"There's a little bit of correlation there that you make between the military and athletics. You get put in situations, whether it be in the military or be athletics, where a lot of how you go about your day-to-day operations is the people surrounded by you," he said. "Just like the NFL's a business, the military is a business. There's a lot of carryover there. Just being able to command troops, being in front of the group. Leading, has had a tremendous carryover into what I do now day-to-day.
Westhoff, who retired after last year, believes Kotwica has what it takes to succeed with the Jets."Being involved as a combat helicopter pilot gives you a lot of experience in pressure situations and leading through those," said Westhoff "Being able to communicate. He's got those experiences."In 2005 and 2006, following his tour in Iraq, Kotwica coached at the U.S. Military Academy Preparatory School at Fort Montmouth, before Bob Sutton — Kotwica's coach at Army and then the Jets defensive coordinator — came calling to see if Kotwica wanted to jump to the NFL. He did.
Kotwica didn’t have a particular affinity or attraction to special teams. He had a defensive background first, and, growing up in Chicago, fell in love with Buddy Ryan's 1985 Bears defense. With special teams, he almost fell into it because of the opportunities in front of him. He was hired to work on defense quality control and special teams for Eric Mangini, the Jets head coach at the time, but shifted to special teams full time when Rex Ryan, Buddy’s son, was hired in 2009. Ryan brought in a new defensive staff, and because Kotwica had worked so well with Westhoff, became the assistant special teams coordinator.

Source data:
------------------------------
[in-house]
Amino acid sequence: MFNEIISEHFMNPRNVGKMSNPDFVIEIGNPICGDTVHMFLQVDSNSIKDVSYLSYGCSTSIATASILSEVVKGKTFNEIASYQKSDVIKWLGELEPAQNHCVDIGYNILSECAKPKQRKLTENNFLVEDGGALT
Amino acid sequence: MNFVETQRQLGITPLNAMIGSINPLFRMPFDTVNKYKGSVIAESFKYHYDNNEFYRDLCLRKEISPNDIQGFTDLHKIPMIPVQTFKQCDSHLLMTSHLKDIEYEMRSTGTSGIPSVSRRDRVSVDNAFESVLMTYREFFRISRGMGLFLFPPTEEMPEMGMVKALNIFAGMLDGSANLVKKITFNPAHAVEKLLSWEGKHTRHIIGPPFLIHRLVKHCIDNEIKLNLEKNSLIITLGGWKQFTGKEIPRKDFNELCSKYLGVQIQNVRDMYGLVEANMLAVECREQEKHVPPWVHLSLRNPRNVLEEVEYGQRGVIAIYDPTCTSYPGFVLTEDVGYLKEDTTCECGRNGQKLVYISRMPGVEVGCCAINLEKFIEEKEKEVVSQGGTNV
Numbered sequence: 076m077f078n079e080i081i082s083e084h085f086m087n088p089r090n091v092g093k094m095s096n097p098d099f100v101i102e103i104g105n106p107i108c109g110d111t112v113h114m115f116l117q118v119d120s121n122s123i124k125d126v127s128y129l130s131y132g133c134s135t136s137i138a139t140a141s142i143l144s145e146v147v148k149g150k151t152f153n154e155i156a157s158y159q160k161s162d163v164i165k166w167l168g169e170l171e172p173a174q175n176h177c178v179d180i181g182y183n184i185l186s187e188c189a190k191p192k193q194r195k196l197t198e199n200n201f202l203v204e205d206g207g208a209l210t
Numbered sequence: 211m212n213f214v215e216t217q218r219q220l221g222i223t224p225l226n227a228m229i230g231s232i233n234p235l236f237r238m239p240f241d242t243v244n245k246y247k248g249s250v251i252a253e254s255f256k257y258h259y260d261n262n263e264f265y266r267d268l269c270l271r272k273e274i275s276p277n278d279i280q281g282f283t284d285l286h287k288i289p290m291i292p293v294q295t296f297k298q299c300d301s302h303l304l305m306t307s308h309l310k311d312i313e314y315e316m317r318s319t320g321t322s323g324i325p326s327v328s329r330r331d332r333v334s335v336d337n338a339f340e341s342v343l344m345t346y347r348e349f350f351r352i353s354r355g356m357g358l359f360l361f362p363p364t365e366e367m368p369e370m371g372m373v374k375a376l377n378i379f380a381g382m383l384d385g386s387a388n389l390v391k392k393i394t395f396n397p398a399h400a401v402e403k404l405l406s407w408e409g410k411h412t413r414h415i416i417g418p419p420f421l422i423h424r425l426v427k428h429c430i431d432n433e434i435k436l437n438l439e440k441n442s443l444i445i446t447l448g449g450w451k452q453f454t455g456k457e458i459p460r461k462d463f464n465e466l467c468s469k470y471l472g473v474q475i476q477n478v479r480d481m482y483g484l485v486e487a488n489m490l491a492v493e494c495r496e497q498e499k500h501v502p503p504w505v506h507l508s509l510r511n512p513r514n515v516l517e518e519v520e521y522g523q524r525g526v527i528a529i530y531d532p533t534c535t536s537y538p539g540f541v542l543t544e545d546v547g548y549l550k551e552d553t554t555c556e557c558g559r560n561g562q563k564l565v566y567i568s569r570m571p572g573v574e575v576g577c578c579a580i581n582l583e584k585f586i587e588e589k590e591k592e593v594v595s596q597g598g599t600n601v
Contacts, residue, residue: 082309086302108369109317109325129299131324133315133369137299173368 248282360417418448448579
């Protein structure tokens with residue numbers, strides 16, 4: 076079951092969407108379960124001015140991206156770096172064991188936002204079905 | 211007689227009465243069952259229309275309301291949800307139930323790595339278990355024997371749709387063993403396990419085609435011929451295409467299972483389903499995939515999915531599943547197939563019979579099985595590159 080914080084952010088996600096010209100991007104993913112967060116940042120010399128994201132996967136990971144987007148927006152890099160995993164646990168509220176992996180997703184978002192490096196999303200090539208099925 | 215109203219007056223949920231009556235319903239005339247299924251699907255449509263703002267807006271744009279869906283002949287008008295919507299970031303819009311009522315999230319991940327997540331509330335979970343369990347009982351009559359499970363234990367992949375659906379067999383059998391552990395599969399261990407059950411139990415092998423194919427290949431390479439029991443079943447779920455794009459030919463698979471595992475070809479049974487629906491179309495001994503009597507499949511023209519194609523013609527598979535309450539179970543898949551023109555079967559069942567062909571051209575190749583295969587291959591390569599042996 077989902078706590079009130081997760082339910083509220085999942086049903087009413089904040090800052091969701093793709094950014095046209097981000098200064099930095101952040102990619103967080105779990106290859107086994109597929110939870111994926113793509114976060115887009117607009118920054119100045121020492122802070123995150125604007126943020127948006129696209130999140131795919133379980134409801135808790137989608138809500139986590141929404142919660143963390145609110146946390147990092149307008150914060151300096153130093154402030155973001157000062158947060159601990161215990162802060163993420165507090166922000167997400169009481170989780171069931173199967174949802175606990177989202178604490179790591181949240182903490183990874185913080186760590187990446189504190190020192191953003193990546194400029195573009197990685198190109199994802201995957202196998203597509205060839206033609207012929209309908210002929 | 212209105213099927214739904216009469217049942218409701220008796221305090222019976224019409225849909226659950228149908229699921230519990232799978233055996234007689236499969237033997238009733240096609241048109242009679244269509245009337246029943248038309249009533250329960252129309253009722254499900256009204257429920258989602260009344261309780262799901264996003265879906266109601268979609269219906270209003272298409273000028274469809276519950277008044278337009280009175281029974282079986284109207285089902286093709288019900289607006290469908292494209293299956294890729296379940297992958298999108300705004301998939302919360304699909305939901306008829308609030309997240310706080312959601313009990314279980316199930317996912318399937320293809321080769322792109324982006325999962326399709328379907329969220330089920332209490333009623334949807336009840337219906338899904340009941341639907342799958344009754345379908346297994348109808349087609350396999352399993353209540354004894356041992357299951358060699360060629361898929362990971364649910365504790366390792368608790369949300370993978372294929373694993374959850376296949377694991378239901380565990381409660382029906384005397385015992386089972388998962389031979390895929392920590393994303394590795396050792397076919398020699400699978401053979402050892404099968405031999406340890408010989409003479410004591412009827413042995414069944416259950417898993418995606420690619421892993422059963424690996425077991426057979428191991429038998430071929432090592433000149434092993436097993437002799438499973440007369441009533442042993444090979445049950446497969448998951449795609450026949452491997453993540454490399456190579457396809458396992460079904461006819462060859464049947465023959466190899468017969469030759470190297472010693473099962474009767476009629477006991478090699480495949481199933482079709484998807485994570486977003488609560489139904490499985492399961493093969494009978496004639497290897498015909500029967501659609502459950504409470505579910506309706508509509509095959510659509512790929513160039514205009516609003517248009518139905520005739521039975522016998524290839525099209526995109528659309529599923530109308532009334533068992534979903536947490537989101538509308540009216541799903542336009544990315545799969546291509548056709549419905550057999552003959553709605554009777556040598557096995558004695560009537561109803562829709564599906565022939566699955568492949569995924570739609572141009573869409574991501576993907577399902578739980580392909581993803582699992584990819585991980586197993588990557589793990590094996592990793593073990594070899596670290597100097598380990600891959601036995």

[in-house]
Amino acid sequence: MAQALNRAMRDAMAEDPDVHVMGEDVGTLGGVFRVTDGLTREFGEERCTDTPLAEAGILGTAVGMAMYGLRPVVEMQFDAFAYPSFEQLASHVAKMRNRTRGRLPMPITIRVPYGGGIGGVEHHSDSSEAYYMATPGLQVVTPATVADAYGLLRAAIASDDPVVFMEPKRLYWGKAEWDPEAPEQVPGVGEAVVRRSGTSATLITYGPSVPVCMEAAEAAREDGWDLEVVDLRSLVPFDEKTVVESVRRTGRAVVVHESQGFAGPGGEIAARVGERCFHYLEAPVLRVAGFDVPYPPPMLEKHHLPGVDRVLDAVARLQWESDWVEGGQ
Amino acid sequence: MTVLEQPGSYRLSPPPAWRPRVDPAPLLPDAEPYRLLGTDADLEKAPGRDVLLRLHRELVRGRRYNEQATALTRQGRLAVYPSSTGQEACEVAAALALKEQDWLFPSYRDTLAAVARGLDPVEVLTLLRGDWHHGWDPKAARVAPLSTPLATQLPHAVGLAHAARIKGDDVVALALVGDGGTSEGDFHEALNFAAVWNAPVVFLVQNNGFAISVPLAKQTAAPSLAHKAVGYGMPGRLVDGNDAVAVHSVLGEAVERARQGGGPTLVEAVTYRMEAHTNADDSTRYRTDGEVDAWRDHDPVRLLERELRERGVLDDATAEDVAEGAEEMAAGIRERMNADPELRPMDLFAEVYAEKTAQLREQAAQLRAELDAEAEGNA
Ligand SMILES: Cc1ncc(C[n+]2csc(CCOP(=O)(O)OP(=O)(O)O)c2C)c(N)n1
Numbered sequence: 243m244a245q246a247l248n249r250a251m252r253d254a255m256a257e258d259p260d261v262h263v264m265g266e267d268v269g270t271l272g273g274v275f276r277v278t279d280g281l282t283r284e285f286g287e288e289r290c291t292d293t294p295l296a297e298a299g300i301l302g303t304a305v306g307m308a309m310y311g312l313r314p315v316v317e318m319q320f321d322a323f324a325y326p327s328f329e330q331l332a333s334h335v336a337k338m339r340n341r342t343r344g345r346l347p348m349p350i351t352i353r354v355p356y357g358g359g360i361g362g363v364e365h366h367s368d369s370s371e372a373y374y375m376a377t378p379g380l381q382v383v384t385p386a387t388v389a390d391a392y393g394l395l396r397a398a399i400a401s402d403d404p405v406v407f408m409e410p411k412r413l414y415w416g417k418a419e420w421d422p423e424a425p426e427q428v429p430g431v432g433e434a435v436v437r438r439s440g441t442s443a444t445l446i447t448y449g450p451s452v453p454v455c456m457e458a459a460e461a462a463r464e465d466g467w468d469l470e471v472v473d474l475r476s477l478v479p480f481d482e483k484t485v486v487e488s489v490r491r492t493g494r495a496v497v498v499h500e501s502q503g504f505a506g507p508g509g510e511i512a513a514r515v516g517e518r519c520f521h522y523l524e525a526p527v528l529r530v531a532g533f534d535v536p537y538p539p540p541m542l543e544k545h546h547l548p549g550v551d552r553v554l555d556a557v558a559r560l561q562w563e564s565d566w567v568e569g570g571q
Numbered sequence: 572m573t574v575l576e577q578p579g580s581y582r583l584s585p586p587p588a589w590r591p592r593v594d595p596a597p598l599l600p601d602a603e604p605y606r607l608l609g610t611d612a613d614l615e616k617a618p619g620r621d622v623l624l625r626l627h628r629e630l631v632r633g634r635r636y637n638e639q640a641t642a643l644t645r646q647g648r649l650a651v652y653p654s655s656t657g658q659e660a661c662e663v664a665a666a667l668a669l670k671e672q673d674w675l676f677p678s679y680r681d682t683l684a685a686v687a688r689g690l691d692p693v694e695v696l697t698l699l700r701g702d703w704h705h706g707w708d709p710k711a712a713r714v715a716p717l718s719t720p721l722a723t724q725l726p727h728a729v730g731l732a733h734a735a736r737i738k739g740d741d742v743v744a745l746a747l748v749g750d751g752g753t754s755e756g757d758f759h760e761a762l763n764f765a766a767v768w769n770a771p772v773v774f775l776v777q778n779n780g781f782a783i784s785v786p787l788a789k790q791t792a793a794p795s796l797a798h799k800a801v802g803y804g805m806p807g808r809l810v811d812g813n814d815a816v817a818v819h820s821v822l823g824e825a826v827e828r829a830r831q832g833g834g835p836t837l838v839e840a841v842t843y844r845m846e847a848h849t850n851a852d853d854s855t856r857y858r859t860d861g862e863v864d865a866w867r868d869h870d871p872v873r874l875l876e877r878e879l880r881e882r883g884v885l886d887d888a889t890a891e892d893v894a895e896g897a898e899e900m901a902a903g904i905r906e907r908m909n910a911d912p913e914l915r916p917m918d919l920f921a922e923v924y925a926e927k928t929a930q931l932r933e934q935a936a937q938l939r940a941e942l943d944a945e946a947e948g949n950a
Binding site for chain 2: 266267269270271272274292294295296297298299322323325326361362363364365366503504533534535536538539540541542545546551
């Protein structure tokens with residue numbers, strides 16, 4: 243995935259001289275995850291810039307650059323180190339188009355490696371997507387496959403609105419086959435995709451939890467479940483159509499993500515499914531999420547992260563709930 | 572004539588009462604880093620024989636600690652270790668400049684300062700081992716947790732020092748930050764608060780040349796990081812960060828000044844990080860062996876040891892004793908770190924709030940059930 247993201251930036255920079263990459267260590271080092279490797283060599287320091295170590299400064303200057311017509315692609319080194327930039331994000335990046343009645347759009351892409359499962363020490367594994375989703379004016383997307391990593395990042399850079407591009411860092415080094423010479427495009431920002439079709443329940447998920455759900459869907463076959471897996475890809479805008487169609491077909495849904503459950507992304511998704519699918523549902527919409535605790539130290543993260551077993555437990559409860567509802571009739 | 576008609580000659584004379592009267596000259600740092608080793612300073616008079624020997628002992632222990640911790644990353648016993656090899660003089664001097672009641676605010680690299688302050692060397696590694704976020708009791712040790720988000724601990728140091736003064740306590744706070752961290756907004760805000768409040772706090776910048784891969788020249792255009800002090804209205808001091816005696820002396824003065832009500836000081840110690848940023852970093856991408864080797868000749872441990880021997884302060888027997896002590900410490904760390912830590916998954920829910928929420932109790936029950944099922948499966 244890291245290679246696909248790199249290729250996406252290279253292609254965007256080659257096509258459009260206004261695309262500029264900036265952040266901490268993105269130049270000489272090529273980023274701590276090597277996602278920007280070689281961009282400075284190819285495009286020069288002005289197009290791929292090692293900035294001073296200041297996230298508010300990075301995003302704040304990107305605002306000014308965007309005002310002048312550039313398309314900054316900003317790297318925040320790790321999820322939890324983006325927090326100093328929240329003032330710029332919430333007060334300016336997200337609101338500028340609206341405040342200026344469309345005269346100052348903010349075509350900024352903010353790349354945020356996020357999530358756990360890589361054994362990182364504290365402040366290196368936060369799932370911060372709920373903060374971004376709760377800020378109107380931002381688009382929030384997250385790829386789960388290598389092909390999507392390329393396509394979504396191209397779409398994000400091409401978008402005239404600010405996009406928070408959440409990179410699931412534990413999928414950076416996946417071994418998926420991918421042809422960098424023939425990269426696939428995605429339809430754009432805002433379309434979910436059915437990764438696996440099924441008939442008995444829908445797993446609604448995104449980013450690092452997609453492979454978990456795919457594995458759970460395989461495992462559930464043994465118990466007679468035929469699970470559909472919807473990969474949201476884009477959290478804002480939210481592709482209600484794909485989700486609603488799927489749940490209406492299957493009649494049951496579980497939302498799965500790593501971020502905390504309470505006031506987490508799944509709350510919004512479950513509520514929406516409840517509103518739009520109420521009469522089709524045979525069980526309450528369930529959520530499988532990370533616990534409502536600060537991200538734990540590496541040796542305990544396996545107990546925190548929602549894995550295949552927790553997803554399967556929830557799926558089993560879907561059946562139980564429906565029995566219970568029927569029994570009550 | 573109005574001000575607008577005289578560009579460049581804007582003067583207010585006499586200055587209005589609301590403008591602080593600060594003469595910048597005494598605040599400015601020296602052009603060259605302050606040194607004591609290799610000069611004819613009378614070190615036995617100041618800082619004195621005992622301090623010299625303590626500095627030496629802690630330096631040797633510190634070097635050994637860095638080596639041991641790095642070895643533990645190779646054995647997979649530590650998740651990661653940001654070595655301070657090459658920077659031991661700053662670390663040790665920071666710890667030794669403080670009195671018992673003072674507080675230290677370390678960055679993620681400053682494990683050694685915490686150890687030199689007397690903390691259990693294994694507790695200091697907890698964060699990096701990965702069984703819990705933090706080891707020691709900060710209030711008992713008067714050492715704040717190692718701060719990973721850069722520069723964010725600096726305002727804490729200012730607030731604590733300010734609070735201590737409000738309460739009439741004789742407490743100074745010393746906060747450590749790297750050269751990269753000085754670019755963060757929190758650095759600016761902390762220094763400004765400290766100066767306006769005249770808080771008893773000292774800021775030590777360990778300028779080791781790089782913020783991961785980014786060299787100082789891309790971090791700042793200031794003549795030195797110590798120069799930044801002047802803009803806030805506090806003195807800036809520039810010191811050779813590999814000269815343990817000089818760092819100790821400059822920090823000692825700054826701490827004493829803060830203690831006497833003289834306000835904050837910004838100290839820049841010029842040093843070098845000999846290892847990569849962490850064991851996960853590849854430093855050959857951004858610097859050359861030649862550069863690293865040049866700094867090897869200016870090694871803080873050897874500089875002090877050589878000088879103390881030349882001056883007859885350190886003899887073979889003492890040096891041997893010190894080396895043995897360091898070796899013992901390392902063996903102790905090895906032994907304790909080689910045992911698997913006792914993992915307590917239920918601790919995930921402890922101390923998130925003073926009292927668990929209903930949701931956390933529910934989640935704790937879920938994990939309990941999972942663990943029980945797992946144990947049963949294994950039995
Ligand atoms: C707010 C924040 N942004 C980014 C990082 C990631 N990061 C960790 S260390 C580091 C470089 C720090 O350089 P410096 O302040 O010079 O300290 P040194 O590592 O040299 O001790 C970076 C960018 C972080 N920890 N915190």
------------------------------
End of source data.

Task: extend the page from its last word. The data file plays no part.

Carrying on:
When Westhoff decided 2012 would be his last season, Kotwica was the obvious choice as successor.Westhoff said he'd seen Kotwica develop a strong connection with the players, who often would make a last stop in Kotwica's office to watch tape one more time before they went home at night.Westhoff would be a hard man to replicate; stern and fiery when he needed to be but always honest. Kotwica is more understated, particularly when it comes to loud expletives on the field, but Westhoff said there are probably more similarities than differences between the two.
"I'm a little more vociferous, that's a polite way of saying it," said Westhoff. "(But) Ben is every bit as aggressive and commanding as I was."Louie Aguiar, the new assistant special teams coordinator, worked with the Jets during last preseason and has therefore worked with both Westhoff and now under Kotwica.
"Looking at Westhoff, I got him at the end of his career. He's very knowledgeable, a great coach," said Aguiar. "Ben's picked up a lot of that knowledge from him and is designing a lot of punt returns, kickoff returns, and I can see the brain working when we're looking at stuff. They're minds are always trying to make the team better."